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Housing Options With Medical Alarms

Before making a decision on where you or your loved one will spend retirement years, you need to look at all the options. If the move involves relocation to a new city or state you truly need to step back and look at everything before you choose new living accommodations.

A medical alert device can become a valuable assistant when an emergency arises.

Here is a brief overview on the various options for aging adults.

  1. A lifestyle community. These communities cater to a specific age group, and offer in-community amenities in a traditional living space in which you are in your own home. Living in one of these communities means you will be paying for the home itself as well as a monthly fee that pays for the various amenities which could include lawn care, housekeeping, swimming pool or gym facilities, or even in-community parties and events. This is especially good for seniors who want to stay active and is healthy enough to care for them. Equipping the home with a medical alert device can become a valuable assist in the event of an emergency.
  2. A life-lease environment offers the senior a chance to invest in the community in which he will be living without having the responsibility of home ownership. The cost of living in an arrangement like this is typically less expensive than most other real estate transactions. The money paid into the life lease community helps pay for support services such as medical or other community-based activities. While these communities may provide medical services, individual medical alarms can be invaluable.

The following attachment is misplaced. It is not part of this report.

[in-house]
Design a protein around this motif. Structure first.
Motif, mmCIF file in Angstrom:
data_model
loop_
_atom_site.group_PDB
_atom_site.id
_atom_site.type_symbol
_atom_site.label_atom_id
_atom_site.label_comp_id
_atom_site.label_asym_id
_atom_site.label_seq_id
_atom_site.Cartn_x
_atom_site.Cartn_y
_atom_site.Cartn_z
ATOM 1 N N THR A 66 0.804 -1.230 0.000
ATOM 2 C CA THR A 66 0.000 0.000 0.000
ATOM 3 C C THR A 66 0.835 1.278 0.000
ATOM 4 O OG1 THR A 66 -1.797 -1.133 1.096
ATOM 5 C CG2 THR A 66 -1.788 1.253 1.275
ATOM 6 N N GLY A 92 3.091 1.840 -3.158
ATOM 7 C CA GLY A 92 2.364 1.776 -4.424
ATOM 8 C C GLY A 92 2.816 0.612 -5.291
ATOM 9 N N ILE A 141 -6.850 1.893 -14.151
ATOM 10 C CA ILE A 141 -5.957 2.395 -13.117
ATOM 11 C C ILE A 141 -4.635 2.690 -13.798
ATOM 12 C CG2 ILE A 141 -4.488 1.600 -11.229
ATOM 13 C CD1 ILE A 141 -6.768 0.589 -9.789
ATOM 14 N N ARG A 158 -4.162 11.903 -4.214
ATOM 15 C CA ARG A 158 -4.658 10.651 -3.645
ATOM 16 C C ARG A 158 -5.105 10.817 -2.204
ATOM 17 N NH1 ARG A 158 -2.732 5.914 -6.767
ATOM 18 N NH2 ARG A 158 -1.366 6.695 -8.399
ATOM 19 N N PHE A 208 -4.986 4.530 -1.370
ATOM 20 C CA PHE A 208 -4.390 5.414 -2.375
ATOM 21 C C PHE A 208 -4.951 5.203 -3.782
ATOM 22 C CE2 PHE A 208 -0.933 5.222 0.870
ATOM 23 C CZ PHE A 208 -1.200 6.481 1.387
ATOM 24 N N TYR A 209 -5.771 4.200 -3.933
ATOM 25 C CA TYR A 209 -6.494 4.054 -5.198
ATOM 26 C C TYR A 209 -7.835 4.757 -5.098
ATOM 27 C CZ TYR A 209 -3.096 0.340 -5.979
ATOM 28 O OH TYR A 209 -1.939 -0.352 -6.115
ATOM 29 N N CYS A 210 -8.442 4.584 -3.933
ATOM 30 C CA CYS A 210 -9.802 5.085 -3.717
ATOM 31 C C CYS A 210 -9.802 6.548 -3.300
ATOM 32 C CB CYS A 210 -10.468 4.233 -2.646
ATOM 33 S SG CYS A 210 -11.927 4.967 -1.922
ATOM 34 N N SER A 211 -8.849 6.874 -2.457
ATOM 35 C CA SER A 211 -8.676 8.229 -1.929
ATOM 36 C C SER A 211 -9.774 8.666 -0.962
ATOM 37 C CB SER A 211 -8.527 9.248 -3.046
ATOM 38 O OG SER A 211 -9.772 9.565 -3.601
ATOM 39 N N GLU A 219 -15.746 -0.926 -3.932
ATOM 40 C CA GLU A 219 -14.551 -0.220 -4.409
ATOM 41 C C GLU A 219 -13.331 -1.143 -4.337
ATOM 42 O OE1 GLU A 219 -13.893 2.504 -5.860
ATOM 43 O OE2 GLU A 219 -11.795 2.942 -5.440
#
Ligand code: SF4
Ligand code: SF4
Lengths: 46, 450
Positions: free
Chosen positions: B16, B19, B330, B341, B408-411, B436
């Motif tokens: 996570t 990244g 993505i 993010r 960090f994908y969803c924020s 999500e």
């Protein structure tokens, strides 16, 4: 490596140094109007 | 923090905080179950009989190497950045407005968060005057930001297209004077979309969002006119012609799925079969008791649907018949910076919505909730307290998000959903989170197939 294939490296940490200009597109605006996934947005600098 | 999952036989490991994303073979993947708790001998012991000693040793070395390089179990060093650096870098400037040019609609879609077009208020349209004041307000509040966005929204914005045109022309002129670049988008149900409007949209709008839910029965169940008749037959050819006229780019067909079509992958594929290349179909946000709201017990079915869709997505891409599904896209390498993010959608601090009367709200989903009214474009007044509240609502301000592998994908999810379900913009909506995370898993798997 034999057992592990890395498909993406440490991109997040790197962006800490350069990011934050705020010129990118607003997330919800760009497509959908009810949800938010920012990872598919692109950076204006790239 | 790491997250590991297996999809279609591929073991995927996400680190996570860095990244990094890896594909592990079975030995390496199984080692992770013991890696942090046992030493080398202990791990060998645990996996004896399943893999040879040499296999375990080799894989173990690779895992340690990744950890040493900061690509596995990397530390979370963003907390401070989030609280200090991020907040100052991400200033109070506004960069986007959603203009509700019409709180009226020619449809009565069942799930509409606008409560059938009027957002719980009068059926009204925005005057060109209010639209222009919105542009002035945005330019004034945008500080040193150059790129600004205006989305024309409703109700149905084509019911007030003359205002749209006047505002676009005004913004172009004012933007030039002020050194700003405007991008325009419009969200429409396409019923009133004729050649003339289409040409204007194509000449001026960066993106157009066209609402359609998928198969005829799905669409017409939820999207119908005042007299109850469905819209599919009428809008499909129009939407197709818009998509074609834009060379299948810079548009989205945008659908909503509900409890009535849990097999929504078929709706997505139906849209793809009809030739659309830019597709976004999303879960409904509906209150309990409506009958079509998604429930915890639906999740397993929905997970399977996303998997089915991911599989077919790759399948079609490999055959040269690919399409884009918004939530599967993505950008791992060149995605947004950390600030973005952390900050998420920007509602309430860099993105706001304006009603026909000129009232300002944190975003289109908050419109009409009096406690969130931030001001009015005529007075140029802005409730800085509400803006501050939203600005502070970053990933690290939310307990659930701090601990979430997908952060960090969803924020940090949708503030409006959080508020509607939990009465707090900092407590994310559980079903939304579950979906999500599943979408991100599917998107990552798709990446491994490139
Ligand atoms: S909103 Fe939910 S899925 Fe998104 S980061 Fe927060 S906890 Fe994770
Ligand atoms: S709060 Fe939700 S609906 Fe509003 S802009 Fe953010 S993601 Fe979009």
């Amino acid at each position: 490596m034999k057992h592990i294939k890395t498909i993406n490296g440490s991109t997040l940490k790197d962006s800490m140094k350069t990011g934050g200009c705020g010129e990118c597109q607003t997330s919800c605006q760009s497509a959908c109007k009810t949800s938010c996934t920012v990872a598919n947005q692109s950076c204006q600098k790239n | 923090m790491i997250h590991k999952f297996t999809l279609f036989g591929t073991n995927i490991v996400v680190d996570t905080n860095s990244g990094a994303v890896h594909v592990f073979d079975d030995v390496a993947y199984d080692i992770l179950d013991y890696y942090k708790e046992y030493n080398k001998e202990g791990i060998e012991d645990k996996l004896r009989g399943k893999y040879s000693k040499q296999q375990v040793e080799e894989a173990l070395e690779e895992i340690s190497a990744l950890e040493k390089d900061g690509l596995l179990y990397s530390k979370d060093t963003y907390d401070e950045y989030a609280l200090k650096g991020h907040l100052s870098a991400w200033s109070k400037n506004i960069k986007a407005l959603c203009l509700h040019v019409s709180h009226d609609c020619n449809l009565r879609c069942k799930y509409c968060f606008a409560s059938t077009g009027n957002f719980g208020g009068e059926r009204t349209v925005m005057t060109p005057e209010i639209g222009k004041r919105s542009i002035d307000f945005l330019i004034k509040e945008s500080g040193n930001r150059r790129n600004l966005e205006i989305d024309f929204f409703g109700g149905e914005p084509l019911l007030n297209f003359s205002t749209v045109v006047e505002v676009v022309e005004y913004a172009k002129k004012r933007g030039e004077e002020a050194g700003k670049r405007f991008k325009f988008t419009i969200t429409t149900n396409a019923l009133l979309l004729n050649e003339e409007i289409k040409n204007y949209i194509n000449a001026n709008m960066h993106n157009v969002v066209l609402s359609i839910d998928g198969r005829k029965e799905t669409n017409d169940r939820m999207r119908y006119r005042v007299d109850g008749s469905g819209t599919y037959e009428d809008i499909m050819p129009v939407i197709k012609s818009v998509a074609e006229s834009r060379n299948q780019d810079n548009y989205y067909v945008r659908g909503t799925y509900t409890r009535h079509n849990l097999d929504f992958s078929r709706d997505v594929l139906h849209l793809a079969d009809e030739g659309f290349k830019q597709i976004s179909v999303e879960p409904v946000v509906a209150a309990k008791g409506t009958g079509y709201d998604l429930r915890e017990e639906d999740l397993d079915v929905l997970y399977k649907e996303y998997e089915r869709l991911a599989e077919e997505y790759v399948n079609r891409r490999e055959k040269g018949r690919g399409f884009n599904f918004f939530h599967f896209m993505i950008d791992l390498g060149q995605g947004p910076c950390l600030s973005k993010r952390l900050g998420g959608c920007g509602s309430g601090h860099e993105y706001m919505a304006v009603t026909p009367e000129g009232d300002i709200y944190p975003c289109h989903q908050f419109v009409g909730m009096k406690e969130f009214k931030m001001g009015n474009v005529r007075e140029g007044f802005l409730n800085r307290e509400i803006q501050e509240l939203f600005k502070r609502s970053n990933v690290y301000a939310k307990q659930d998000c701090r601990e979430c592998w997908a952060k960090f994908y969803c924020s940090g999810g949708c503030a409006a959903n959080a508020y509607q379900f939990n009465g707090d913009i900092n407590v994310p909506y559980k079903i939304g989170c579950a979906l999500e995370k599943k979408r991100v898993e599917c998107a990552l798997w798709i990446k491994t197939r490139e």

3. Condos in retirement communities are another option. A retirement condominium is becoming a popular option for seniors. In some instances, these communities also offer housekeeping or health support services as part of the condo fees. These accommodations may be found in popular vacation destinations, which provide the opportunity for vacation living year-round.

When searching for alternative living arrangements there are several factors to consider, including:

  • Price
  • Location
  • Overall cleanliness and appearance of the home itself
  • Overall maintenance and upkeep of the property
  • The fee for the home itself
  • Community fees - cost and what it includes and if they will increase
  • Lease arrangements
  • Stipulations on breaking the lease should living alone becomes impossible

Make certain you read the fine print before signing any lease agreements and if necessary have a family member or your family attorney check the paperwork before you make any final decisions.

Remember, no matter where you live, your home medical monitoring device can move with you and act as an added layer of safety in the event of a medical emergency or trip or fall incident.